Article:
‘72 Honda CL350 – Christian Laws
The custom bike scene, like any other art form, often finds itself bending to the will of fashion. But there’s no shame in that – music, painting, dance and almost any other genre you care to name have to endure the same challenge. And while in the heat of the moment a certain trend can seem to the viewer to be very ‘cool’ or ‘exciting’, it’s often only a matter of time before the truth becomes apparent. That’s when cool becomes lame, exciting becomes humorous and your wardrobe full of flared trousers becomes an embarrassment. But what happens when time doesn’t weary? When something improves with age? Well, that’s when timeless happens. Classic happens. This happens.
Christian Laws, today’s owner and builder, got into riding a little over a year ago when he bought himself a nice ‘74 Honda CB550. The original plan was to make a few custom improvements to the bike but, like some kind of divine intervention from above, everyone kept telling the poor guy that he should keep it stock. The reason? “It was in absolute mint condition,’ says Christian. “I couldn’t bring myself to do it.”
The answer was simple – buy another bike (isn’t that always the answer?) “So I purchased the bike you see here, a CL350, as a project bike. It was rusty and cheap, but I could instantly see the potential.”
What drew Christian to the CL350 was its timeless style and its raw simplicity. As anyone who’s ever ridden one will tell you, the bike has only what it needs to run and nothing more. Naturally, this lends itself well to café racer-style tweaks “It also makes it a good choice for a first time build.”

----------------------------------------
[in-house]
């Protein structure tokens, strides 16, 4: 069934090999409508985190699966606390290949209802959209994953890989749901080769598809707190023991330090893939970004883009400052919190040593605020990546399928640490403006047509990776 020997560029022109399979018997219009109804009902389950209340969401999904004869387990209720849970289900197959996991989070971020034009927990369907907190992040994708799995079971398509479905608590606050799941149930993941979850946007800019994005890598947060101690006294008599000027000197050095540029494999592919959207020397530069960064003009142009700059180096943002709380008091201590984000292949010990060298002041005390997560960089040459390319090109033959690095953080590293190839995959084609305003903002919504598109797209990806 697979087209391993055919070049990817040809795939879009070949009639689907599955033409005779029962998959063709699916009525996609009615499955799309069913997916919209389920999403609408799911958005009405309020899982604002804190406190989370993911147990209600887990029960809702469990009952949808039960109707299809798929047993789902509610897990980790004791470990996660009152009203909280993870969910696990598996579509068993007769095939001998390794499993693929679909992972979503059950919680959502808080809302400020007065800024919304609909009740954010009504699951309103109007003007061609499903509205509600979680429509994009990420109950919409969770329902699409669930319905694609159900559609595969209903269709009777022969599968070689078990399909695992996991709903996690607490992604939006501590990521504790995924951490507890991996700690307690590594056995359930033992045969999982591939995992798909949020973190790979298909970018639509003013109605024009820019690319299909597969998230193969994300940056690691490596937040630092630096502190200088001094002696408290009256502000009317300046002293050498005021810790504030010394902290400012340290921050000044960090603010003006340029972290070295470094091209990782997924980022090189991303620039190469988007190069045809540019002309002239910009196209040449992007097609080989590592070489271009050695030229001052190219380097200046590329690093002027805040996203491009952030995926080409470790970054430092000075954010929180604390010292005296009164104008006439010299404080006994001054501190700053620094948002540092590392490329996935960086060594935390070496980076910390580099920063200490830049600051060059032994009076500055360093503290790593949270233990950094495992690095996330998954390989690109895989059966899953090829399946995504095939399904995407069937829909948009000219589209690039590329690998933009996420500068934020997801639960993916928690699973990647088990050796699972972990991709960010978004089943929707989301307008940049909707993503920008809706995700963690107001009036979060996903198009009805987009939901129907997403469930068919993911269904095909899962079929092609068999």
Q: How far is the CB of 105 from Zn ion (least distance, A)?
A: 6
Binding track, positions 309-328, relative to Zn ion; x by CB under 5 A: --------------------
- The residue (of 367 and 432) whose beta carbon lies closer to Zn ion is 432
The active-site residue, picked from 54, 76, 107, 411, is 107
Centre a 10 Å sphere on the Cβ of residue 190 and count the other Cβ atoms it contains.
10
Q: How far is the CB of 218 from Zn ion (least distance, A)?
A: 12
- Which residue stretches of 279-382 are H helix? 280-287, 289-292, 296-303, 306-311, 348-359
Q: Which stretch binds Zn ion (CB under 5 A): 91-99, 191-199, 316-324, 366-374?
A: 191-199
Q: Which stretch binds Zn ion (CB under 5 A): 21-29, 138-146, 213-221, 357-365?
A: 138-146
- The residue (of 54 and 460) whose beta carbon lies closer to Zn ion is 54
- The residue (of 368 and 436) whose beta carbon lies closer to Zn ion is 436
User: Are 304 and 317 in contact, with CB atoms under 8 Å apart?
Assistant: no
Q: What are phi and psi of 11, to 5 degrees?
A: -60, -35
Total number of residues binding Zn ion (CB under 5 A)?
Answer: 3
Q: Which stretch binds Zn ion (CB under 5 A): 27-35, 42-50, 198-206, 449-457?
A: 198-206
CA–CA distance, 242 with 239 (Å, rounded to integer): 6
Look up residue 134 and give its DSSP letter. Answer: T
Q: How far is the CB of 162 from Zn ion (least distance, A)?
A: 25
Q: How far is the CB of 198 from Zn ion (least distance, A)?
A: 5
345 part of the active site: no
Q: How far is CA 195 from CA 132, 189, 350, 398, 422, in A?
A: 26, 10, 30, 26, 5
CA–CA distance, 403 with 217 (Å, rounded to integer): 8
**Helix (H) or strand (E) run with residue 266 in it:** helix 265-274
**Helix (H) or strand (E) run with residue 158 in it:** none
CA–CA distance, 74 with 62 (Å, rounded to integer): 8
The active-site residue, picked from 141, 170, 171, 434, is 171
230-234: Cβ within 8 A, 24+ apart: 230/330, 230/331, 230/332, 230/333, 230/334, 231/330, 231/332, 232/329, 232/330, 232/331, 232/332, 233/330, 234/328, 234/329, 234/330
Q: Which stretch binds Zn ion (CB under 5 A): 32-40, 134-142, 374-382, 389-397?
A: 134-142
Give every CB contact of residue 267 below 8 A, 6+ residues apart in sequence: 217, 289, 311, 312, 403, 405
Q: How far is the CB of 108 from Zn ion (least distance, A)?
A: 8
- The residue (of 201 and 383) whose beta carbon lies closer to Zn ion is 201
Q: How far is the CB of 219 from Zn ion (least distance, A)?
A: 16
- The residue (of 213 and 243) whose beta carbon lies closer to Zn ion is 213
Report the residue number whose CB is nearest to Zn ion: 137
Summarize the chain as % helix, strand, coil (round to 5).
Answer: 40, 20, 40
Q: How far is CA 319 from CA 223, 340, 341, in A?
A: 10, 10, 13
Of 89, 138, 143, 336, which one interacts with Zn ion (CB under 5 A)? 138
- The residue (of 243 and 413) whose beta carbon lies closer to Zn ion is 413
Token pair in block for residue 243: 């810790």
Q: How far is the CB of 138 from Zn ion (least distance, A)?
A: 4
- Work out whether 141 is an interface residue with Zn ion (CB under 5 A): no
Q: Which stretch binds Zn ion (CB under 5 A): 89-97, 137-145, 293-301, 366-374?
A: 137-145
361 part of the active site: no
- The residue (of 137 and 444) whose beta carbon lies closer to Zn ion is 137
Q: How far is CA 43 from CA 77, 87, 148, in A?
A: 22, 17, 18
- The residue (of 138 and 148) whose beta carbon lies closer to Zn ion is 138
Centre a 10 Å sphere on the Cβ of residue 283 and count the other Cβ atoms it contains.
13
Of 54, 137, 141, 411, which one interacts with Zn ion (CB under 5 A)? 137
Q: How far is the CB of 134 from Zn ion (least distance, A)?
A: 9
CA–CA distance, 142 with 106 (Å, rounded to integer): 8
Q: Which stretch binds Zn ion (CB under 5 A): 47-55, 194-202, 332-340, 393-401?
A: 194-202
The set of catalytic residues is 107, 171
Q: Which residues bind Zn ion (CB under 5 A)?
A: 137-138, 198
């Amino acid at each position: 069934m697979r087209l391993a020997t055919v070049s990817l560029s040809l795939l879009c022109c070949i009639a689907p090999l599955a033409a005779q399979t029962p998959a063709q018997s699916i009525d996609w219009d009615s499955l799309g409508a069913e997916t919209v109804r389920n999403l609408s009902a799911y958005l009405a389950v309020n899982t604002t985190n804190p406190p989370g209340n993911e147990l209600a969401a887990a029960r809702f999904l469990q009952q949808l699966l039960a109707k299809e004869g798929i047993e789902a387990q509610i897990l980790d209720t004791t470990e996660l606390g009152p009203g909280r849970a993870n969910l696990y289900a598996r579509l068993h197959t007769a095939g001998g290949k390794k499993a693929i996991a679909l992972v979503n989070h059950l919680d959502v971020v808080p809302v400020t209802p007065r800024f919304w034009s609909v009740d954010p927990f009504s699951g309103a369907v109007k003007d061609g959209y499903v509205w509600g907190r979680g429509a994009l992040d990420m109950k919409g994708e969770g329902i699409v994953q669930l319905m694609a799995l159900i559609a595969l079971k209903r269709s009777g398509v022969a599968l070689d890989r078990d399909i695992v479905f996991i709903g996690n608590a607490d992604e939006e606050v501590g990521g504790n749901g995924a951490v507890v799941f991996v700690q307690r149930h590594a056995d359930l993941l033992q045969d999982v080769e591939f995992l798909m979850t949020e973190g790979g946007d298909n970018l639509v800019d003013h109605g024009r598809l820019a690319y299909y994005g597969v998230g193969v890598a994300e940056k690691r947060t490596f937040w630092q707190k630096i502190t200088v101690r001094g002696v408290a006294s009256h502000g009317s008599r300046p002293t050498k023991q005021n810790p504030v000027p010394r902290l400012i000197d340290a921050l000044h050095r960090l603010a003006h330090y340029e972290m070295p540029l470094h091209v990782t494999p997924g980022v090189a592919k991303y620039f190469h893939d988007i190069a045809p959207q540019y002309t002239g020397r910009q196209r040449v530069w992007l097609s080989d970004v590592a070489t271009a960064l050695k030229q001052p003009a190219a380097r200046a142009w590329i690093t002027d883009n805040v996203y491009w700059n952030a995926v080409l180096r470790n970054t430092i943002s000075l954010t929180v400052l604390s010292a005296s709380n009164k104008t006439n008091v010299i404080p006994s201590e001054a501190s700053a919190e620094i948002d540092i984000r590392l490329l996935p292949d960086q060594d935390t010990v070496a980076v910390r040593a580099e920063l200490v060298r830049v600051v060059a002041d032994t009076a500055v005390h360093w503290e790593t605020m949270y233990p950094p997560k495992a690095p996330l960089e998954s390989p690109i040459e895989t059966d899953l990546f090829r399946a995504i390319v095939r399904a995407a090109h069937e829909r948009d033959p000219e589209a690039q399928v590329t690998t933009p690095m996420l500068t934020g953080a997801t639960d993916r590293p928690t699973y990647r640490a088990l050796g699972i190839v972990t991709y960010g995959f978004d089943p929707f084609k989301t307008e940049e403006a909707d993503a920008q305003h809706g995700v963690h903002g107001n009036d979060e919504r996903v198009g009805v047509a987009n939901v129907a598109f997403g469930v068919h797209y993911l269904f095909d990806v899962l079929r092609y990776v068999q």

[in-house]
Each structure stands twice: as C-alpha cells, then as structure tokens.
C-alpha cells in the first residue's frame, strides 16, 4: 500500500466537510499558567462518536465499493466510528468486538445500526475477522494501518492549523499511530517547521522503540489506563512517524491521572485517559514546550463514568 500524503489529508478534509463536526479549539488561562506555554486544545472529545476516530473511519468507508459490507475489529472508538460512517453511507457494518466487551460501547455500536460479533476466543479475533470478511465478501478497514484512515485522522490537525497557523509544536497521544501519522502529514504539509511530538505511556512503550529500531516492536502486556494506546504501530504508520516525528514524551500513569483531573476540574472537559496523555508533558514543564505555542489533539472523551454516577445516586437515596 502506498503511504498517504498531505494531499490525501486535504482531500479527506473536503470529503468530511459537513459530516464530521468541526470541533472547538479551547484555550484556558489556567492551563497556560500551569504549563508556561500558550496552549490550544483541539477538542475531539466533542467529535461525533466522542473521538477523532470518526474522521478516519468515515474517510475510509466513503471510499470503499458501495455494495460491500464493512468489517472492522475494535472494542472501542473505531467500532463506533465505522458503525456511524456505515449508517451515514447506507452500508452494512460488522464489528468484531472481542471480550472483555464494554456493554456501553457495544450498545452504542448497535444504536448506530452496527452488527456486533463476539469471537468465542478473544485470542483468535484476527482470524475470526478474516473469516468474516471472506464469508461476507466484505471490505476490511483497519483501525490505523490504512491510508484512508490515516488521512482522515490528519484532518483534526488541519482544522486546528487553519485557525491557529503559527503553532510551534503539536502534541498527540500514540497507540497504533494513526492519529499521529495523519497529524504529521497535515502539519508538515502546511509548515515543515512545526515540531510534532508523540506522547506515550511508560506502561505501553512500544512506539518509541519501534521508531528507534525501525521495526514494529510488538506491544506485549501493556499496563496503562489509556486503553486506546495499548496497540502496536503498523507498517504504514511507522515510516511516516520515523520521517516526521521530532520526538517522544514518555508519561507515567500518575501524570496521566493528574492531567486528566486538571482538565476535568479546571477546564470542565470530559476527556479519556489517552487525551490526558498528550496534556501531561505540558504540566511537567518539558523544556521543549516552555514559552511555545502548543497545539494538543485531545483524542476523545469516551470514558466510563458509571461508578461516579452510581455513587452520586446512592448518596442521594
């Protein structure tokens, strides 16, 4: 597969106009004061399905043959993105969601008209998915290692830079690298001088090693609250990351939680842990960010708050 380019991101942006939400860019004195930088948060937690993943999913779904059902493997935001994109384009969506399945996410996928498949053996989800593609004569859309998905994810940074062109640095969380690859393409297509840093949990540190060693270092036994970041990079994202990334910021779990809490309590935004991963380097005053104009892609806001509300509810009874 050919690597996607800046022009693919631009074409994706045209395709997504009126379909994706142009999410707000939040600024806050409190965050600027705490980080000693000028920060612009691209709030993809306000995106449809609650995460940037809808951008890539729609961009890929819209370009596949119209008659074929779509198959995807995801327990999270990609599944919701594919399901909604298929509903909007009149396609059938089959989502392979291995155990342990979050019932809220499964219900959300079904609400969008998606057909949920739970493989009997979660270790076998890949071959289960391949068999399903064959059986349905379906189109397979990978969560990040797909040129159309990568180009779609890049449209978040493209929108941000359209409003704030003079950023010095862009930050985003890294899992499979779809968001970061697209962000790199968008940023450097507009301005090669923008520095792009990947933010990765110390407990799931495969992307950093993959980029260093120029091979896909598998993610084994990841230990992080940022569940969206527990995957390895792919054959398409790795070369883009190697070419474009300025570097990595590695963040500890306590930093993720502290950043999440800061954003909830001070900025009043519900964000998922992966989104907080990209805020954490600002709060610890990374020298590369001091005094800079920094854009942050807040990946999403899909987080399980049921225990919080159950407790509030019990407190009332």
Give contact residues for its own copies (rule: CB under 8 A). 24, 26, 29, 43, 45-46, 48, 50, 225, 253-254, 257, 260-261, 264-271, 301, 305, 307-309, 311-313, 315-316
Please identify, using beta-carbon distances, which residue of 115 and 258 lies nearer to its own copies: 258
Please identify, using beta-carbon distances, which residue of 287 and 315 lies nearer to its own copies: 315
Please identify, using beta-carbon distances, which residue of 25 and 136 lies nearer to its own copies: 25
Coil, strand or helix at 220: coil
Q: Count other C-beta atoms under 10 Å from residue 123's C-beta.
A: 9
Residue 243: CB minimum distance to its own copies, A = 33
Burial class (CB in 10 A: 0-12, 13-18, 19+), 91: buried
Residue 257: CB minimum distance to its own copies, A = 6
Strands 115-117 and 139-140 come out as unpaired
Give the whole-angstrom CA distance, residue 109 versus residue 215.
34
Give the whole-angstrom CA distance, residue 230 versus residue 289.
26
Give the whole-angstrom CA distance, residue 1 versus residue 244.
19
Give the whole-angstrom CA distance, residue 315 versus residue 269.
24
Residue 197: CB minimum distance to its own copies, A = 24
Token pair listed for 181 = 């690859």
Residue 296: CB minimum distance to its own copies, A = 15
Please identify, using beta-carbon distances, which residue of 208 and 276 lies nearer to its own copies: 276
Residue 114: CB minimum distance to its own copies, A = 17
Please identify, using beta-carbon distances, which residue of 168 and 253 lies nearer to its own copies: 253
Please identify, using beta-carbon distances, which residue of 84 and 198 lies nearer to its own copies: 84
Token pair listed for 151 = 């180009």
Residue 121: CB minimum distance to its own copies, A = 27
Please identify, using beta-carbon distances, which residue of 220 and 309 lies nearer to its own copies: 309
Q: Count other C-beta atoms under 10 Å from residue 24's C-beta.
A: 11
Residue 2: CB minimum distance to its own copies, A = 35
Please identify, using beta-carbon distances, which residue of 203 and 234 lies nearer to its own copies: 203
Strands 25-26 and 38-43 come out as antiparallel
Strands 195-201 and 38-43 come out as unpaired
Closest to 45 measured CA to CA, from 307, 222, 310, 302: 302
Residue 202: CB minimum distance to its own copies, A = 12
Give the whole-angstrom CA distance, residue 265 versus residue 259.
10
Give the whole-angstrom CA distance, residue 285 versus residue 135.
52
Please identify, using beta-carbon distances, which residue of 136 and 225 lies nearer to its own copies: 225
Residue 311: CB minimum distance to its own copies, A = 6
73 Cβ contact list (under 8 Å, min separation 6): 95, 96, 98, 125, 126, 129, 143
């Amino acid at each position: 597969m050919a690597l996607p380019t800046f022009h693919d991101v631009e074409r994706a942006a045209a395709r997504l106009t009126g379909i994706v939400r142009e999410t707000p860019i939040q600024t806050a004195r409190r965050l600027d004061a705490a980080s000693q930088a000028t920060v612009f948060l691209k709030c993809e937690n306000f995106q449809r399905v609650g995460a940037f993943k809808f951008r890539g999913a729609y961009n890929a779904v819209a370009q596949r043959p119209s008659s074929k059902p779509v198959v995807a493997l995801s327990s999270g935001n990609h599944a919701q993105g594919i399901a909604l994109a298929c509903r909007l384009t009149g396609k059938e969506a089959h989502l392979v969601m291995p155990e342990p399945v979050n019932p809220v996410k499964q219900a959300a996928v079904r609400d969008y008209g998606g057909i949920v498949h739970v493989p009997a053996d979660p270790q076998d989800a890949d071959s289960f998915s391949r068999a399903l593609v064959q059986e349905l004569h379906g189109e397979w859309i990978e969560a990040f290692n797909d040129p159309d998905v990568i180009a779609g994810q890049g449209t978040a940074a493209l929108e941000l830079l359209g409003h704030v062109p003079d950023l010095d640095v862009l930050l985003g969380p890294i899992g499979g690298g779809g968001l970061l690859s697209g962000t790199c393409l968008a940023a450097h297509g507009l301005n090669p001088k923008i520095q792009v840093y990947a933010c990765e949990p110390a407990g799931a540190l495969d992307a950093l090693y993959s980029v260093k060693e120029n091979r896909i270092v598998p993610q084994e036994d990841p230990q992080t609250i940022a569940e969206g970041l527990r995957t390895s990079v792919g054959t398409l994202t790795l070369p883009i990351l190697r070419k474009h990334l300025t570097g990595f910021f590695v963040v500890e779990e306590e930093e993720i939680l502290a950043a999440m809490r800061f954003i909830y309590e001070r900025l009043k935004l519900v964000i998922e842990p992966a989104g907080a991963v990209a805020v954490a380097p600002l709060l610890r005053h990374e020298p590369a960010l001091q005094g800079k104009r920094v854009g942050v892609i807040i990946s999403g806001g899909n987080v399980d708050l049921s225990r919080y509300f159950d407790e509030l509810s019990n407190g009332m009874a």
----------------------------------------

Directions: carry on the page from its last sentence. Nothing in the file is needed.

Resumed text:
Of course, the stand-out feature of Honda’s original bike was those big, beautiful exhausts. “I think the vintage pipes make the bike what it is and they really inspired the tone of my project. I always thought it was a crying shame that the mufflers on the other CL builds I liked had been replaced with louder but less interesting mufflers. The original pipes add so much character, it’s a real shame to lose them.”
After the pipes, Christian lists the headlamp as his next biggest source of pride. “I really love the 1960s CEV headlamp with the built-in speedometer and vintage Italian glass. It created all sorts of grief during installation, but I think it was well worth it. I also like the longer look it gives to the bike.”
Naturally, the build wasn’t without its challenges. One of the biggest issues uncovered was that the bike’s frame and forks were bent. And in multiple places, to boot. But the guys at Sydney’s Surfside Garage straightened the issue out, literally.
“Because this is such a small machine, my vision for the build was to give it a larger appearance with a strong focus on beautiful lines and a clean, classic look which I like to think I have achieved. The intention was to enhance and improve the original features and let form guide the build rather than performance.”
“It’s a fun motorcycle to ride because it’s just so light and it always seems eager to go faster. I also seem to feel a lot more connected to the road with a small bike like this as there is not much machine between me and the ground. Basically, I just love riding it.”
Beautiful stuff, no? It’s also interesting to note that when we cast our mind back to some of our all-time favourite posts, many of them have been CLs. Most notable, the work of Jonathan Wood. If you like what you see here and you’re hungry for a little more, you can take a look here and here. Enjoy.